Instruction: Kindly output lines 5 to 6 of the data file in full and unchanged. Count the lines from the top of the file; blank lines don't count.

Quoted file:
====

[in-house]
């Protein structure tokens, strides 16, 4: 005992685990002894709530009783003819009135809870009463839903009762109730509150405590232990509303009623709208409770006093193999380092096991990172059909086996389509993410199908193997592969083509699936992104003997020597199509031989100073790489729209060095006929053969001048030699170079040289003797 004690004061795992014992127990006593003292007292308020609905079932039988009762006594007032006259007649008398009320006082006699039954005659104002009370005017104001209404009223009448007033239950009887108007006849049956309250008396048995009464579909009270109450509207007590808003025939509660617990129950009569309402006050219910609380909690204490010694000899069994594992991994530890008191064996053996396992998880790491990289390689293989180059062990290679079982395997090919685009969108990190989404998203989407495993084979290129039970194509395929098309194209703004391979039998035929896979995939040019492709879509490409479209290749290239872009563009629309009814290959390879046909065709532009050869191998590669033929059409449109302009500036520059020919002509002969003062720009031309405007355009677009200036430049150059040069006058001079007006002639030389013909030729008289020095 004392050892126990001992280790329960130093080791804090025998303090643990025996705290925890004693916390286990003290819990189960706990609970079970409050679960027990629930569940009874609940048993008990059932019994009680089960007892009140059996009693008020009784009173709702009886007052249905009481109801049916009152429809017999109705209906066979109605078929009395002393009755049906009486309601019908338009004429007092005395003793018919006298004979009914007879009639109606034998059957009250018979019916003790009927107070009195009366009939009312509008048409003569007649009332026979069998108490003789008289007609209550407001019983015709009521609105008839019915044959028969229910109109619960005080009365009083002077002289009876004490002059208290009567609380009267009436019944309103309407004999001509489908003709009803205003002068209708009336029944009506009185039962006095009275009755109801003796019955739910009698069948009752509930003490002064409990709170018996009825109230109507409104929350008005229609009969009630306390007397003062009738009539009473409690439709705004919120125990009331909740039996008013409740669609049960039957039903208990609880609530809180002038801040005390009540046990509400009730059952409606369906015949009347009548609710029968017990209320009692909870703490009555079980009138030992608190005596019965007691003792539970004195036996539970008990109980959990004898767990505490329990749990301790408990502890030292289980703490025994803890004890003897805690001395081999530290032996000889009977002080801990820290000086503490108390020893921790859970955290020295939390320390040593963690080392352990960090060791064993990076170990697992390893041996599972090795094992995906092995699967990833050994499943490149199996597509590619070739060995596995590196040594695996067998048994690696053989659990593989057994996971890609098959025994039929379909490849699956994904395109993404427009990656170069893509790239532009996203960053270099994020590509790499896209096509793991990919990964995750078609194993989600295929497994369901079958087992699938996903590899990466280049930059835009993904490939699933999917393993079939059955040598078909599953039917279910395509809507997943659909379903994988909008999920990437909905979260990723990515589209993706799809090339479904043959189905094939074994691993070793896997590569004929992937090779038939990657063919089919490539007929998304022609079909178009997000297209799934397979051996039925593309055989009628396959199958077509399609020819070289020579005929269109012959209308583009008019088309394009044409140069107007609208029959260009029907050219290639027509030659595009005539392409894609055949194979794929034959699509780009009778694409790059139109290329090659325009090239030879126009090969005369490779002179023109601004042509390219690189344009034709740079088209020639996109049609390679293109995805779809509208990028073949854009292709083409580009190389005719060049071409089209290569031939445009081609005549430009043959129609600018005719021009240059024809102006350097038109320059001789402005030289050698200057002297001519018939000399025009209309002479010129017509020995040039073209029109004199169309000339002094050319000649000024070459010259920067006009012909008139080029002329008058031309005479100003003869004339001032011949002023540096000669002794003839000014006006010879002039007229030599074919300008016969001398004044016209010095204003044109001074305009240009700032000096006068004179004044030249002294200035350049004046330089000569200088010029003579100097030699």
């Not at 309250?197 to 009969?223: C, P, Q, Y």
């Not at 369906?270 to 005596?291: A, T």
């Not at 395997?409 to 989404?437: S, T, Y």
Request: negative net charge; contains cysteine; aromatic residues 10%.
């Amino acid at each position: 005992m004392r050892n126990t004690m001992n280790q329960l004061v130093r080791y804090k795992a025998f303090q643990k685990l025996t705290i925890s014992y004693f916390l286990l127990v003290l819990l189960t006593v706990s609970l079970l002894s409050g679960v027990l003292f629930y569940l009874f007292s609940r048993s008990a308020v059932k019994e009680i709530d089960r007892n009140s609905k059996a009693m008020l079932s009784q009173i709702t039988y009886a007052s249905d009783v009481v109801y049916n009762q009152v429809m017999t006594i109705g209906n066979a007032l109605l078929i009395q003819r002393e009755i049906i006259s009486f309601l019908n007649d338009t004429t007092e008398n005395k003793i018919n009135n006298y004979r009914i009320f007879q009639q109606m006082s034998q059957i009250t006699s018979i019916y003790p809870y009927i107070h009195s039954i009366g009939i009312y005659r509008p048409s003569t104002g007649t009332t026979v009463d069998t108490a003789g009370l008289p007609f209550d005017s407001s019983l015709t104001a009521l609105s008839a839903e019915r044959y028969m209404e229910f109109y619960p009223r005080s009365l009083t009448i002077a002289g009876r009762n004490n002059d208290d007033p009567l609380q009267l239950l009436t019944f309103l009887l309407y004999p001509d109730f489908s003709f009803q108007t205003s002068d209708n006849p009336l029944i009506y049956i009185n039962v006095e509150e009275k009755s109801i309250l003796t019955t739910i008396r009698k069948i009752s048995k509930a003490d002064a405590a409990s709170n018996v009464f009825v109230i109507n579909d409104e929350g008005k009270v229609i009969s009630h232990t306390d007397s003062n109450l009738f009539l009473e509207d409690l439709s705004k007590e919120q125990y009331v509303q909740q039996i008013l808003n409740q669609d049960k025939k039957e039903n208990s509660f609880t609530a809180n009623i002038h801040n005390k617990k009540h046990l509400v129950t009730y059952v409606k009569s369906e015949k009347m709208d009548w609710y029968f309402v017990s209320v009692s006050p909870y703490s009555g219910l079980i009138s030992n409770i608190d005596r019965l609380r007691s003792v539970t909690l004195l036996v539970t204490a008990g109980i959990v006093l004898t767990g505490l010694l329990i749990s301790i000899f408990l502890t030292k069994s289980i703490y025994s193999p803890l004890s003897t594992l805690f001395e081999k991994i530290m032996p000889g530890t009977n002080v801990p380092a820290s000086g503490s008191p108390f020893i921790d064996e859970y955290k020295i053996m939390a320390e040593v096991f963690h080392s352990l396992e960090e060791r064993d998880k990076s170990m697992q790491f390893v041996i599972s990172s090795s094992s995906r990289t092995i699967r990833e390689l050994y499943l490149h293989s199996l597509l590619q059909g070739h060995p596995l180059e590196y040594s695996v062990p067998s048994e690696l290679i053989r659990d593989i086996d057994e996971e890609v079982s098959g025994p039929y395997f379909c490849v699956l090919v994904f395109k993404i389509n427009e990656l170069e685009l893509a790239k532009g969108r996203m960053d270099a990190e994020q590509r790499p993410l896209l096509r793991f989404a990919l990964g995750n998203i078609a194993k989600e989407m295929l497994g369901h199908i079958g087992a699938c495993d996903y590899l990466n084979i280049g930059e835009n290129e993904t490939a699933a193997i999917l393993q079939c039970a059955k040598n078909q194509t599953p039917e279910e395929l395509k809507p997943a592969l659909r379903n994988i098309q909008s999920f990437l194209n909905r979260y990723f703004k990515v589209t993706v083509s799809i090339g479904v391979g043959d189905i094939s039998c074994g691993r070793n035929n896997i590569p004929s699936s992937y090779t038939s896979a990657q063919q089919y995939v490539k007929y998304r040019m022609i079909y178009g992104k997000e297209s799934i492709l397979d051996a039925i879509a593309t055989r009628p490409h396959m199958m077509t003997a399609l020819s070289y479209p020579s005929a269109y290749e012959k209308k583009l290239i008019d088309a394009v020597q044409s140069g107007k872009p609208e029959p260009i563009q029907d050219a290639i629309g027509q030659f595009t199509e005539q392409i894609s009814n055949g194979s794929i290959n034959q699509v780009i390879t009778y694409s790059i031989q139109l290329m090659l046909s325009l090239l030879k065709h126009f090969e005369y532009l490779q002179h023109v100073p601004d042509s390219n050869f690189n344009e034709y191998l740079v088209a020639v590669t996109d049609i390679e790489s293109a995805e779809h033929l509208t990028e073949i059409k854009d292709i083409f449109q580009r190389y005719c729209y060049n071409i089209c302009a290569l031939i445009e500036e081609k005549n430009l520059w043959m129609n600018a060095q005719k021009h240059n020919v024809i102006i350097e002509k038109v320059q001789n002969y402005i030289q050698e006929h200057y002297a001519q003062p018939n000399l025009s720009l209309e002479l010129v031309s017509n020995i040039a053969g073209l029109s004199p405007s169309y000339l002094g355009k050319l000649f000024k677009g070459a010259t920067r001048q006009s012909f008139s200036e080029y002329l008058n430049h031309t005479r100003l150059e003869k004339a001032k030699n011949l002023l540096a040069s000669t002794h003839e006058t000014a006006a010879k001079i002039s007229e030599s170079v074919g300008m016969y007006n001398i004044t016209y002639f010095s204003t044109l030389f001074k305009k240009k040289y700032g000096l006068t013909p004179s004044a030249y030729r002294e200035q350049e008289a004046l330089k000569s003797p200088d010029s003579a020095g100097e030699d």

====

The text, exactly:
């Not at 395997?409 to 989404?437: S, T, Y």
Request: negative net charge; contains cysteine; aromatic residues 10%.